Weekly Photo Challenge: Possibility

I had various ideas going through my head when I saw the topic for this week’s photo challenge, with none really feeling right. Then, on Saturday, in between Occupying Utrecht and drinking lots of lekker bock beer, I stopped in at the main post office at Neude to take some photos and realized I had a perfect topic.

You see, at the end of the month, all of the post offices in the Netherlands seem to be closing for good, including the stunning central post office here in Utrecht. All postal services will be taken care at other shops, such as certain book stores, grocery stores, etc. It’s sad for multiple reasons, not the least of which is the number of people now out of a job. Additionally, seeing the closing of this stunning building, built in the Amsterdam School style between 1917 and 1921, breaks my heart.

Fortunately, they’re not tearing it down; just repurposing it. That’s where the possibility lies. I think they’re going to turn it into some sort of shopping site, although I’m not positive. I think I’ve read various things over the past year. Regardless, I hope that they maintain some of the beautiful architectural and decorative details. It would be a shame to see this stunning interior get lost in the shuffle. The warm golden glazed bricks, the soaring glass ceiling, and the beautiful carved figurines throughout add a sense of wonder and amazement to a building that has been known to take the breath away from first-time visitors.

Tomorrow, I’ll be posting more detail shots of the building, including the carved figures that represent the different continents of the world. Oh, and lots of olifanten (elephants)! No wonder I love this building so much!



Different Donderdag: Going Postal

If you ever find yourself in the Netherlands with snail mail to post, look for one of these red boxes. This is the Dutch version of a mail box. One side will be for a specific postal code, i.e., local mail, and the other side is for everything else. These two boxes are located outside of the main post office here in Utrecht at the Neude, but you’ll find one of these boxes at random places around town. To be honest, it took me about a year to actually pay attention to them and realize what they were. Usually if I mail something, I need to go through the post office, so despite their vivid red color, I tended to be a bit oblivious to their purpose. After all, they do look quite a bit different from what I used to think of when I thought of public mail boxes. As for stamps (zegel), you can buy those at the post office, or more commonly, you can buy them at the grocery store and some other newsagent shops. During the month of December, they sell reduced-price stamps (decemberzegel) that can be used for standard mail for that month. TNT Post is the name of the royal Dutch postal service, so if you see TNT, don’t think dynamite; think mail.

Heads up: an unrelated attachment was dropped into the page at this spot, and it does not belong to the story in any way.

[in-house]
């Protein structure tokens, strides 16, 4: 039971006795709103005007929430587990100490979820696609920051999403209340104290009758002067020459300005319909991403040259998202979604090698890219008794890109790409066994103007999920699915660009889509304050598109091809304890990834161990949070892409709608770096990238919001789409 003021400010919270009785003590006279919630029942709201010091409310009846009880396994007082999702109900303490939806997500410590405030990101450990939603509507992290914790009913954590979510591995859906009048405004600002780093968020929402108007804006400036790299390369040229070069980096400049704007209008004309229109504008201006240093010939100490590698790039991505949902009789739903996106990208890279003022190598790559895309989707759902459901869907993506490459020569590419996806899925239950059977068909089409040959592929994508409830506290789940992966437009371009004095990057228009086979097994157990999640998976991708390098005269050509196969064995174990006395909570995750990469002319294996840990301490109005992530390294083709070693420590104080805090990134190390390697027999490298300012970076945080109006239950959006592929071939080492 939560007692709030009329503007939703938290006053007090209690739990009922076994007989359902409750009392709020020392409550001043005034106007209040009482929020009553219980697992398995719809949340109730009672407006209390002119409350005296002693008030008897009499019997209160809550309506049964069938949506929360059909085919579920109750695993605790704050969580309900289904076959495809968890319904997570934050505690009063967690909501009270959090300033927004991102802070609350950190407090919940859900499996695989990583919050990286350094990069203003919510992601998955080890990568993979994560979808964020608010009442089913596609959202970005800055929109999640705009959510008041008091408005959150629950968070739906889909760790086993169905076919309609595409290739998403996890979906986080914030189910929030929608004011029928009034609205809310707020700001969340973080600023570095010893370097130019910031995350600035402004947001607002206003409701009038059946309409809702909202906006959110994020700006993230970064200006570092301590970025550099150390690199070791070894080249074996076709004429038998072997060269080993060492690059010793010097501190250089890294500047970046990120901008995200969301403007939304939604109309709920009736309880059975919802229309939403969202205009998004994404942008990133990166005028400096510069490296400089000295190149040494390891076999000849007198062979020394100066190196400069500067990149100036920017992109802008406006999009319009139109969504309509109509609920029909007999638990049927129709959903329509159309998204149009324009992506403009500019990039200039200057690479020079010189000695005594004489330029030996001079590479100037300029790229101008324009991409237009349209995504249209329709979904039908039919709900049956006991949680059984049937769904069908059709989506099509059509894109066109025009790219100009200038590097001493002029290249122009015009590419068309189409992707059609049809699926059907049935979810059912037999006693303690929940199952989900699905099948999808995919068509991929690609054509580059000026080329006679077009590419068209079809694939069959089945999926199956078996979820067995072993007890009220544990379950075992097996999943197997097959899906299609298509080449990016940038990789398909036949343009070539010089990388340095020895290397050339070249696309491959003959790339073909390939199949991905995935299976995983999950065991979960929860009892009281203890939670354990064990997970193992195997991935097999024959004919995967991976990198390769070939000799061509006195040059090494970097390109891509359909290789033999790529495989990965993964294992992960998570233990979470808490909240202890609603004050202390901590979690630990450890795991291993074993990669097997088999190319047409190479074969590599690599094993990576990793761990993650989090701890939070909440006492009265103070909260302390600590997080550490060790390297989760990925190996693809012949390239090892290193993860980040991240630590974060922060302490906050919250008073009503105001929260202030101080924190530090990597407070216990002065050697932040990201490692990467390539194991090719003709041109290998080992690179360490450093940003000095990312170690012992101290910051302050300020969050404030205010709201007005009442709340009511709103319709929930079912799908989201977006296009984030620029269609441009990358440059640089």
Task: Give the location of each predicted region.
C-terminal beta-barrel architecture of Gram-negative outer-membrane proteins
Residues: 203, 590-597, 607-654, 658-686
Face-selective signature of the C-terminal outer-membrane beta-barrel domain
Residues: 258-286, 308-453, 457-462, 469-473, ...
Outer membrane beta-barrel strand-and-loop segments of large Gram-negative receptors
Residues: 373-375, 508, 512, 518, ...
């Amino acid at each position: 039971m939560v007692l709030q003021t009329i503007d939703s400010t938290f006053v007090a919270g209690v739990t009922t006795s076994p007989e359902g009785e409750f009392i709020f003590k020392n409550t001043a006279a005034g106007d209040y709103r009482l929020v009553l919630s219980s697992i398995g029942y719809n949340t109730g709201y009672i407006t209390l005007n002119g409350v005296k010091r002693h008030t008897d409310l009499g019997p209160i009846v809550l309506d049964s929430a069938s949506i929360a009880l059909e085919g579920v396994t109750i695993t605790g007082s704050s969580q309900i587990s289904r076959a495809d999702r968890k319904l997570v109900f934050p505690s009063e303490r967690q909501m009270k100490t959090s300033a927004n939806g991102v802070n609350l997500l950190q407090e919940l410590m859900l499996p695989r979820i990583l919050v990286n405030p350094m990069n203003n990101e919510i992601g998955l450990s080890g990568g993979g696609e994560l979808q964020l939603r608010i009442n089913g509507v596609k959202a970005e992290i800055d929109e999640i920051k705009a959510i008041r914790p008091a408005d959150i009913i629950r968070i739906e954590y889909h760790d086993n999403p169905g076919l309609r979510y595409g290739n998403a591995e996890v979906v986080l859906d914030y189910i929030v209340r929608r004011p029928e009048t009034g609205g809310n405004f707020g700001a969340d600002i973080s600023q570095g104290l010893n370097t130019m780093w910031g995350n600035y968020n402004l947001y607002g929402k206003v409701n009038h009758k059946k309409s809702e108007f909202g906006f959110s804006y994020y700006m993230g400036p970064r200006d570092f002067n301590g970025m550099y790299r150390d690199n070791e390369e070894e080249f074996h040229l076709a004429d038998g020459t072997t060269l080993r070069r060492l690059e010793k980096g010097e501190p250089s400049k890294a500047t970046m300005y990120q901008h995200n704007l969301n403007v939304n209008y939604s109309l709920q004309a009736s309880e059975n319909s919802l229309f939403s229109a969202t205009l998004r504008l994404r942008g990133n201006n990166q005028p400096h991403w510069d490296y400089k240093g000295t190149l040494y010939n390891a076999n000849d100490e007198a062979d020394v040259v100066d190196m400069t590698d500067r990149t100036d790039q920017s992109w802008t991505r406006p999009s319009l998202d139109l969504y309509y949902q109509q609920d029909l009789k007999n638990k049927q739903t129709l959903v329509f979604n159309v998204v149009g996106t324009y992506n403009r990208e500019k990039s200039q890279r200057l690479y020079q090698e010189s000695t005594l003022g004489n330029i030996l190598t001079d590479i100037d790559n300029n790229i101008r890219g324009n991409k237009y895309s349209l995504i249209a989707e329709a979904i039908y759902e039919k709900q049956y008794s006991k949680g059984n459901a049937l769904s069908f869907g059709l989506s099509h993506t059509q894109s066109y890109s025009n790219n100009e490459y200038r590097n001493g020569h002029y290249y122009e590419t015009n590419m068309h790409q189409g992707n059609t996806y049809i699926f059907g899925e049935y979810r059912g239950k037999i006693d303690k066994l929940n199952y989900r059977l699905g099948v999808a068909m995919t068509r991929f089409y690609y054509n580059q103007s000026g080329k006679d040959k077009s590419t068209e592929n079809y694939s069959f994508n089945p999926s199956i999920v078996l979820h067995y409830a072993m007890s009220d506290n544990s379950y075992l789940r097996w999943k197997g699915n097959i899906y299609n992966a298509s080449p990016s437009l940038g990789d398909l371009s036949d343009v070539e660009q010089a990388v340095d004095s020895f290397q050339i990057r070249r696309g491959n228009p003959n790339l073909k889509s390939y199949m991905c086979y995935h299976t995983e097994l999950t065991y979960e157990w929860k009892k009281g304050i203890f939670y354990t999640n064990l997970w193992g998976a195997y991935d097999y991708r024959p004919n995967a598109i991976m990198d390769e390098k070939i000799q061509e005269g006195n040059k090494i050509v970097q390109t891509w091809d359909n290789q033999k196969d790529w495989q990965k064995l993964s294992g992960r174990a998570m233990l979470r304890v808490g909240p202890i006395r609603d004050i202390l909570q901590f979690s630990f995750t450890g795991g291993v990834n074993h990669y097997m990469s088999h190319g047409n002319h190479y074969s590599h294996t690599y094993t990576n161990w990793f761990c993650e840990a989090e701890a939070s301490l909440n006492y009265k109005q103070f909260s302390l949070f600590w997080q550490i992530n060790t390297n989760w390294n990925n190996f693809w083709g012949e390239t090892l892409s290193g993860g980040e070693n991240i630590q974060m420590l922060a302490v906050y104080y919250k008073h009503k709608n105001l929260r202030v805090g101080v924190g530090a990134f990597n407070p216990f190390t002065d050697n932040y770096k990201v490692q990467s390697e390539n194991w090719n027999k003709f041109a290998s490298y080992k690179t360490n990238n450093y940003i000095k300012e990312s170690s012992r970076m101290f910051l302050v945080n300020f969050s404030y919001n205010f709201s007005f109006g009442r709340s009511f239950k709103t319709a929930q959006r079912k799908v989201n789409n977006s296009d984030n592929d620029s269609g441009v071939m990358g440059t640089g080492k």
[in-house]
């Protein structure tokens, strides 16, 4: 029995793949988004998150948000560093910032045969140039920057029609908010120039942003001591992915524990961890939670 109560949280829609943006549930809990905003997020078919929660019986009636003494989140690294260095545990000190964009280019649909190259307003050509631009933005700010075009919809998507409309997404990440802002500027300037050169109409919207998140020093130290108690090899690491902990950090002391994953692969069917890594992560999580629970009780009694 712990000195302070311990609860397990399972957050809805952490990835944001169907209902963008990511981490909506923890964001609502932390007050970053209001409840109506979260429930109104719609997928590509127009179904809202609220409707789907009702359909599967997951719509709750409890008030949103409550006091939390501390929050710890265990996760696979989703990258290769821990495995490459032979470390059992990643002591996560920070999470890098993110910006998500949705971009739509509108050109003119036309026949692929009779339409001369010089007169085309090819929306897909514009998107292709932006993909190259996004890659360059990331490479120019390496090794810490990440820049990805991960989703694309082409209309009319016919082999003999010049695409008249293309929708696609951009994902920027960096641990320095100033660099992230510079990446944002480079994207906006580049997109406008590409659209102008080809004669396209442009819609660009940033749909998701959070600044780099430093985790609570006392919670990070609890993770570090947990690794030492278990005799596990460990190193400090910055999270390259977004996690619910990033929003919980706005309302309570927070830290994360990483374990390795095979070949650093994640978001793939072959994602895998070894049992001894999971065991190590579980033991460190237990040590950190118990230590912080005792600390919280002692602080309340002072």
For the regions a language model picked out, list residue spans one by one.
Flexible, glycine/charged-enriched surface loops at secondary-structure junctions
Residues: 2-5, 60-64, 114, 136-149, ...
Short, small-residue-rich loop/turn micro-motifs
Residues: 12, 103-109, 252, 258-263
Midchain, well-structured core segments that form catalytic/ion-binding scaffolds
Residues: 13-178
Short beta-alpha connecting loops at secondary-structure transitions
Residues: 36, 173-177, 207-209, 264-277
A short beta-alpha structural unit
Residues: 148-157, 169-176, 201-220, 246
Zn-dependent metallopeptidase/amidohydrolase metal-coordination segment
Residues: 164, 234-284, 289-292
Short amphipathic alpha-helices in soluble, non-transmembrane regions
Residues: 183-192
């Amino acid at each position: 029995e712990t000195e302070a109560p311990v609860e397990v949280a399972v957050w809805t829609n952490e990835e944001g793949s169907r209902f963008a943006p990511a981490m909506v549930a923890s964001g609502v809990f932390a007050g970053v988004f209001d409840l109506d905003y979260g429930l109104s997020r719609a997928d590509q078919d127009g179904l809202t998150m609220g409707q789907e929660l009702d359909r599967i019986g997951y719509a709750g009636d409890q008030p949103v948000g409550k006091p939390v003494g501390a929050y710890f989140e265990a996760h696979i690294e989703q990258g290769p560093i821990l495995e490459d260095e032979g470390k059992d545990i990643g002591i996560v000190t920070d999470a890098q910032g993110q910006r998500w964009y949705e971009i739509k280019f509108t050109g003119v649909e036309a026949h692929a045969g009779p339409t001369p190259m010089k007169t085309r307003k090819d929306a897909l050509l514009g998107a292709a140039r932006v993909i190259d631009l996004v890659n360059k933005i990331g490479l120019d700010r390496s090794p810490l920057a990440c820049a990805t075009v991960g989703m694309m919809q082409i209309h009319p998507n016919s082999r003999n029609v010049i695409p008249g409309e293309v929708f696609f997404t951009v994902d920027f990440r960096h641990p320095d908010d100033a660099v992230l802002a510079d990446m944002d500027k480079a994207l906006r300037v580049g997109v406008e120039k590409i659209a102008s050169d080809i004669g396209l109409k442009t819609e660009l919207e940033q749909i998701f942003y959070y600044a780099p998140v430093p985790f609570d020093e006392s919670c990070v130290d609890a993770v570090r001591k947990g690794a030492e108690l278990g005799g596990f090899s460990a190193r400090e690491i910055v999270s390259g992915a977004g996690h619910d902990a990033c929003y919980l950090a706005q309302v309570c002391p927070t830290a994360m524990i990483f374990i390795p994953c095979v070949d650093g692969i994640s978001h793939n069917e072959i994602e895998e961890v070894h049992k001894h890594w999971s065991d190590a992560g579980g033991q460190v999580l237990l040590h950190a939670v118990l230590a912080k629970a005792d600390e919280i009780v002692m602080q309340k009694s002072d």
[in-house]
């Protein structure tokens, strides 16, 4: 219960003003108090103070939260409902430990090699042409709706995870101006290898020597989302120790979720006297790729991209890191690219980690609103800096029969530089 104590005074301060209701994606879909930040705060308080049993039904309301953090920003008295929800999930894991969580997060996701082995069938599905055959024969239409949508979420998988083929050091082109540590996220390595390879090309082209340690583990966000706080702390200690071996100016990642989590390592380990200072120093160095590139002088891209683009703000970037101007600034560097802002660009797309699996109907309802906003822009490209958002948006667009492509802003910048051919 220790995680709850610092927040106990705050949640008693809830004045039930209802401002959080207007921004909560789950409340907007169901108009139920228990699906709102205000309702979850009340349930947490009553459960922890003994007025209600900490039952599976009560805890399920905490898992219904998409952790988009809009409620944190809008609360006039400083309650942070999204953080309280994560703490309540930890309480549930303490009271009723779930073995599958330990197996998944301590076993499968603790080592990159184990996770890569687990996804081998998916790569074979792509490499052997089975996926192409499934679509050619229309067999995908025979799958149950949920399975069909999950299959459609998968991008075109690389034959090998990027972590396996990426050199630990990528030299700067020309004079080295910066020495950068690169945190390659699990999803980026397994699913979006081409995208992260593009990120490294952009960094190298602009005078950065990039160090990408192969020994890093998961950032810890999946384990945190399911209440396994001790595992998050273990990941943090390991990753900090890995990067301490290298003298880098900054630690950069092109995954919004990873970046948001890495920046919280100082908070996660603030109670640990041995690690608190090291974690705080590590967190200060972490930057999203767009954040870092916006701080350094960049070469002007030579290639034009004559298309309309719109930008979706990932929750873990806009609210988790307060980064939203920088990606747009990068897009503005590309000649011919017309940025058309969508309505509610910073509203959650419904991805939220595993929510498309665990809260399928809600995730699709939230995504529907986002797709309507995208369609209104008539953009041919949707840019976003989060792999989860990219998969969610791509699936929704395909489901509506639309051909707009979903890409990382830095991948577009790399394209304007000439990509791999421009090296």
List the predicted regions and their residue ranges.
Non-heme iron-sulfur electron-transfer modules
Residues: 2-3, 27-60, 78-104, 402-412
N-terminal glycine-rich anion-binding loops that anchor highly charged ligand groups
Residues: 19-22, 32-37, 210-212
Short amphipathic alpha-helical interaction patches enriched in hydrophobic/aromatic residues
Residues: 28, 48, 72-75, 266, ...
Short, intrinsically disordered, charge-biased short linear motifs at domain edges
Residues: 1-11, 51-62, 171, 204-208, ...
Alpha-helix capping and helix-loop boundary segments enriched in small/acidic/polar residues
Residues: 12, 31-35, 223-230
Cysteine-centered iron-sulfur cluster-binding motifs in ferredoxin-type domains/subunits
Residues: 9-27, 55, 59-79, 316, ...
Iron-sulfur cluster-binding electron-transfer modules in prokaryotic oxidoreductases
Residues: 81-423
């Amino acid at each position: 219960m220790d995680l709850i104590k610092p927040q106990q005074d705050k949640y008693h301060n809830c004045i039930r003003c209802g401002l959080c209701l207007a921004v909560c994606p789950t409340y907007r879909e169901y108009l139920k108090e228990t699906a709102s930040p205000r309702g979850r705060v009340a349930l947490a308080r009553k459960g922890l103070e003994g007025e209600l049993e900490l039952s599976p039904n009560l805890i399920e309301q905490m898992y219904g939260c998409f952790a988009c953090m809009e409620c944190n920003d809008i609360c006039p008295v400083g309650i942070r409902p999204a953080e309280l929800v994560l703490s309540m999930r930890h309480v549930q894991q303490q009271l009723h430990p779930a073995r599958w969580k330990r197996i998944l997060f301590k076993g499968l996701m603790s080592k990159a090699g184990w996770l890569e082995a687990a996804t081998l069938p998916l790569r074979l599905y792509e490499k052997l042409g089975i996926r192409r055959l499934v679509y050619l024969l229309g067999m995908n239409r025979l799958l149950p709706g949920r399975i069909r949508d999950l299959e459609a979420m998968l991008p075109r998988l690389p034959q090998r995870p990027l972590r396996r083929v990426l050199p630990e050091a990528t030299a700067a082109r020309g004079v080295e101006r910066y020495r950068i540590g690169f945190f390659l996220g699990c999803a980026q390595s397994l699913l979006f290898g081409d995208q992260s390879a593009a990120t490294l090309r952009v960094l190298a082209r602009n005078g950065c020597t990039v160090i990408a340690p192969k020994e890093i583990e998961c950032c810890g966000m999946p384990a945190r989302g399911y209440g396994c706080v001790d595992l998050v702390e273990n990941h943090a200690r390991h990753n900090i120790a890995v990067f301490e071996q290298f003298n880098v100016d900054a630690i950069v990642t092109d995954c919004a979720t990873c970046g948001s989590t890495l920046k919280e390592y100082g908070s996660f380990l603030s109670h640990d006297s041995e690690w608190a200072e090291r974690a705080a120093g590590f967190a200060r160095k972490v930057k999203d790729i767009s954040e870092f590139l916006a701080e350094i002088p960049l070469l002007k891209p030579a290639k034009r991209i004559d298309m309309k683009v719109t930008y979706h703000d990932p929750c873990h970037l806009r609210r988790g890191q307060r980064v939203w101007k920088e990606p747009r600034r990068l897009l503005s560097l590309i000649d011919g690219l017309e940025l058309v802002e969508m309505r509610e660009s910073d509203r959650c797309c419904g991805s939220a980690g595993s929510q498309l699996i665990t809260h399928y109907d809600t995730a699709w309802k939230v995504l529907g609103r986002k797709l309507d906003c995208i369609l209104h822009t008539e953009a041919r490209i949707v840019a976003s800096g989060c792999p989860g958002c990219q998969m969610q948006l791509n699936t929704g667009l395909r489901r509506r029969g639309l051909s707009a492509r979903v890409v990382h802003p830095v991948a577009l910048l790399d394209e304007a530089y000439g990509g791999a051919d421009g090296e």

Of course, when you’ve got a postkantoor (post office) like the one we have in Utrecht, why wouldn’t you want to visit it whenever possible! It’s an architectural dream! Look!
The soaring barrel-vault ceiling is truly awe inspiring and beautiful with the glass in between the ribs. It allows some of the natural light to come into the building, assisted with smaller, unobtrusive electrical lights.
Besides the impressively arching ceiling, one of the things most noticeable about the interior design is the series of carved figures located throughout the large room.
The five figures represents the continents, with other figures representing prosperity, commerce, and the postal service itself. There’s even an olifant!
The building was designed by Joseph Crouwel in the Amsterdam School style of architecture. It was completed in 1924. Some of the trademarks of the Amsterdam School that are visible in the Postkantoor include extensive use of brick, organic, rounded shapes, glasswork, and integrated architectural sculptures. If you’re in Utrecht, it’s definitely worth a visit, although if you’re going to take photos, try to be as unobtrusive as possible. They tend to tell you to stop if they notice you, especially if you’re taking photos of the workers themselves.

The Post Office